Council shot down changes to its taxing system that if approved Tuesday, would have required residents to pay taxes multiple times a year.
While property taxes would still be paid by the end of June, taxes for sewer, water, and solid waste utilities would be taken out of the property tax bill and paid separately twice a year.
Dennis Brodie, the city’s finance administration supervisor, said city staff were recommending council make the change in order for the city to have money coming in throughout the year.
“In an effort to reduce the city’s reliance on accumulated surpluses in the water and sewer operating funds early in the fiscal year, it is recommended that the city move to a semi-annual billing cycle for utilities (water, sewer and solid waste),” Brodie said in his report to council. “Moving to a semi-annual billing system will allow rate payers to better differentiate between property taxes and utility fees.”
But Brodie noted the new system would be a disadvantage for those who have a property tax payment plan through their mortgage provider whereby the mortgage company pays the sewer, water and solid waste fees on behalf of their client through their property taxes.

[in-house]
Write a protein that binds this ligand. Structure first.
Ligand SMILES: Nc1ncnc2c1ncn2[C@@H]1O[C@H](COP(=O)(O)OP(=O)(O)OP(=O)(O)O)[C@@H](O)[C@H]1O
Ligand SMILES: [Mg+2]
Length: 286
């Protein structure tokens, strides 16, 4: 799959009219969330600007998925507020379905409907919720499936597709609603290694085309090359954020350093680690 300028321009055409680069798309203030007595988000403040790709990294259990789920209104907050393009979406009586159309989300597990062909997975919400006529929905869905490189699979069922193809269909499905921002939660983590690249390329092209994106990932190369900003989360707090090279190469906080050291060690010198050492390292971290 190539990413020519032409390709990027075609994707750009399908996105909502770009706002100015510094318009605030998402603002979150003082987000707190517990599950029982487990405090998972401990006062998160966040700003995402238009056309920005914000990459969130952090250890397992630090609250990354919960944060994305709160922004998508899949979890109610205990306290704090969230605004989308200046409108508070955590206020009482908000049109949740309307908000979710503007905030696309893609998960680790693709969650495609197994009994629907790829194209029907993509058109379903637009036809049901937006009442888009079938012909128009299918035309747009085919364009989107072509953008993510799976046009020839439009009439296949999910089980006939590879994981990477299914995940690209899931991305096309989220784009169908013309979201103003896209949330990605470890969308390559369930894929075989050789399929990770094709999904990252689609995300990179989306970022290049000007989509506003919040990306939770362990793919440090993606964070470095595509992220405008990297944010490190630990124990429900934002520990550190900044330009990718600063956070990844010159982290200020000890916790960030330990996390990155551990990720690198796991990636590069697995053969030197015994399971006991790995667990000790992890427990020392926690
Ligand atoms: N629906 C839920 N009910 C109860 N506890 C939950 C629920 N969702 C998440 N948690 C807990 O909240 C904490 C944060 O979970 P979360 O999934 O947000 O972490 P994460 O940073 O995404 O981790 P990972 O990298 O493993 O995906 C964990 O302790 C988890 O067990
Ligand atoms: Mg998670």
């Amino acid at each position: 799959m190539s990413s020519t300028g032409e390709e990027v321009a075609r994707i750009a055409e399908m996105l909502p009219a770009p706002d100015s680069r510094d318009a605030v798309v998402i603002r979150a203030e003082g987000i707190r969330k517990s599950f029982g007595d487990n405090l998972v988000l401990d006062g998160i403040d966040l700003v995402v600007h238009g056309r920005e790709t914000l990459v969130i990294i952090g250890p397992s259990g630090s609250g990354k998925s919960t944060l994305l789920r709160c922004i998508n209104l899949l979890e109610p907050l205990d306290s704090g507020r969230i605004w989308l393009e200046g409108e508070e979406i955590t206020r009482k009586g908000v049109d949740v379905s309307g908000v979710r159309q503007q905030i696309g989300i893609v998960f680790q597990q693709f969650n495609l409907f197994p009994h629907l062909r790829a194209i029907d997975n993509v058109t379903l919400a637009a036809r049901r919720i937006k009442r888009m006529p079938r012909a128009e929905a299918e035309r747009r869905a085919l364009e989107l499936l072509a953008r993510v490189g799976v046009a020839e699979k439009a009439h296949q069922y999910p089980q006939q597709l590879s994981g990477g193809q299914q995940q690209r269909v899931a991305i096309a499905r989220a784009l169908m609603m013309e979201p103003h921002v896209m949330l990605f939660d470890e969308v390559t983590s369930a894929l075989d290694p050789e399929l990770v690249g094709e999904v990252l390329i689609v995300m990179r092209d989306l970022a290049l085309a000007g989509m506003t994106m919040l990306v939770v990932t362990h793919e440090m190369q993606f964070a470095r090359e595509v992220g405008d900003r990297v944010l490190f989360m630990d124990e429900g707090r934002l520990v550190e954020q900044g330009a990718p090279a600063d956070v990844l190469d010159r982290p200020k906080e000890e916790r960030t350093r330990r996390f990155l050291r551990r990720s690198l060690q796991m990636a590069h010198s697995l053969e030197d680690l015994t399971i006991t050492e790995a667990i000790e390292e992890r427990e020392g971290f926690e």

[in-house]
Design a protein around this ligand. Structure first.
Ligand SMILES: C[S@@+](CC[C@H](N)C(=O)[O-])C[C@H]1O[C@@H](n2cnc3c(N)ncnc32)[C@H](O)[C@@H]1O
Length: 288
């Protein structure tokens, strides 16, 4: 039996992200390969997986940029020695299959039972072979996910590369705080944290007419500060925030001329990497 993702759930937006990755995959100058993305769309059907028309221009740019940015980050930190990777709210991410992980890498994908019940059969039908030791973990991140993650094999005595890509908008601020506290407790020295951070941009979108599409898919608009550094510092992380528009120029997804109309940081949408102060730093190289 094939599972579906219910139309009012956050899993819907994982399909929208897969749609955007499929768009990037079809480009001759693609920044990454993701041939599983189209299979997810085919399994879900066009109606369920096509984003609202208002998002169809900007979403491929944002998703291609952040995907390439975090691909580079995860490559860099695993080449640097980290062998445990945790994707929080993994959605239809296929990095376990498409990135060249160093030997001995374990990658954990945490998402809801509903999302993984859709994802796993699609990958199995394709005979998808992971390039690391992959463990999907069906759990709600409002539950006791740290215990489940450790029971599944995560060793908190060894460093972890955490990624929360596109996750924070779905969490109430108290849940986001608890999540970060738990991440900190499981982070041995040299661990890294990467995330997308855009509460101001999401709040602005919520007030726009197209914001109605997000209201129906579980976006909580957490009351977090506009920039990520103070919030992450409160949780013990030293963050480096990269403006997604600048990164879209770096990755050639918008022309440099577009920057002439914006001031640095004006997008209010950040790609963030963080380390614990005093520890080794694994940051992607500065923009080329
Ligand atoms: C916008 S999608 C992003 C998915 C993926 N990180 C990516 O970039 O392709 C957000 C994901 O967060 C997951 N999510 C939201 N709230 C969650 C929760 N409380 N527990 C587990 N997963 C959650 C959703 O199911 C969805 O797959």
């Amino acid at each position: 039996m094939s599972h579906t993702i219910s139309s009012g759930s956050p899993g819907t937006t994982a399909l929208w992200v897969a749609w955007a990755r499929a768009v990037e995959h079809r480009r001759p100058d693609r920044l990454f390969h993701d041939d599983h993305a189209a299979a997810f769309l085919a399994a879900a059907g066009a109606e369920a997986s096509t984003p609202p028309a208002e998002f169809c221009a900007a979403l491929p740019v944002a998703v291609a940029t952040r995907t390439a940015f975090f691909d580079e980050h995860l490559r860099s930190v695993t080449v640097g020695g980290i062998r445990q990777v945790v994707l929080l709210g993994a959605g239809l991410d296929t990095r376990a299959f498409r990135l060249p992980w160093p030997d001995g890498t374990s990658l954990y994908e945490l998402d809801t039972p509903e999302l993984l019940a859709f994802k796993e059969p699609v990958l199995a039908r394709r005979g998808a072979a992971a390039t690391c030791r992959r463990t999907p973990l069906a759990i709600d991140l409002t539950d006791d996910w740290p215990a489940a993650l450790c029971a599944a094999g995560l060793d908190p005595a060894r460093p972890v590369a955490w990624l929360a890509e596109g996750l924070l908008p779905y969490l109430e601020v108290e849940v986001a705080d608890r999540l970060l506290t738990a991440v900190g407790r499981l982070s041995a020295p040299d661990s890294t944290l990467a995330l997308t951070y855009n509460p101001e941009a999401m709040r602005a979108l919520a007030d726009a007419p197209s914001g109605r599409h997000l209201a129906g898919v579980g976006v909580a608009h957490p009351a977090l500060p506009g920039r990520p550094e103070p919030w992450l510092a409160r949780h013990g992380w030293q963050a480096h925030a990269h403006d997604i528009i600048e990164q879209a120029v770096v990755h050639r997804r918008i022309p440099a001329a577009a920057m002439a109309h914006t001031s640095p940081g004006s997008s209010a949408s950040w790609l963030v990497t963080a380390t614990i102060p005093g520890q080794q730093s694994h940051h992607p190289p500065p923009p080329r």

Brodie said the mortgage brokers would no longer be making the utility payments and the onus would fall to the tax payer to manage their savings.
Brodie outlined that moving to the semi-annual payment structure would also cost the city a one-time fee of $22,000 to set up the billing program, plus a $20,000 annual cost for additional staff to process what would be more frequent tax payments coming in.
In the end, that was too rich for Coun. Andy Adams.
“I appreciate staff bringing this forward but I don’t see a real financial advantage for us in doing this right now, particularly in light of the fact we’re going into financial planning on Monday,” Adams said at Tuesday’s council meeting. “To incur additional ongoing operating expenses at this time is premature.”
The rest of council agreed and rejected moving to the semi-annual payment system. Council did, however, vote to continue with the implementation of a pre-authorized withdrawal system which would allow the city to direct debit tax payers’ accounts.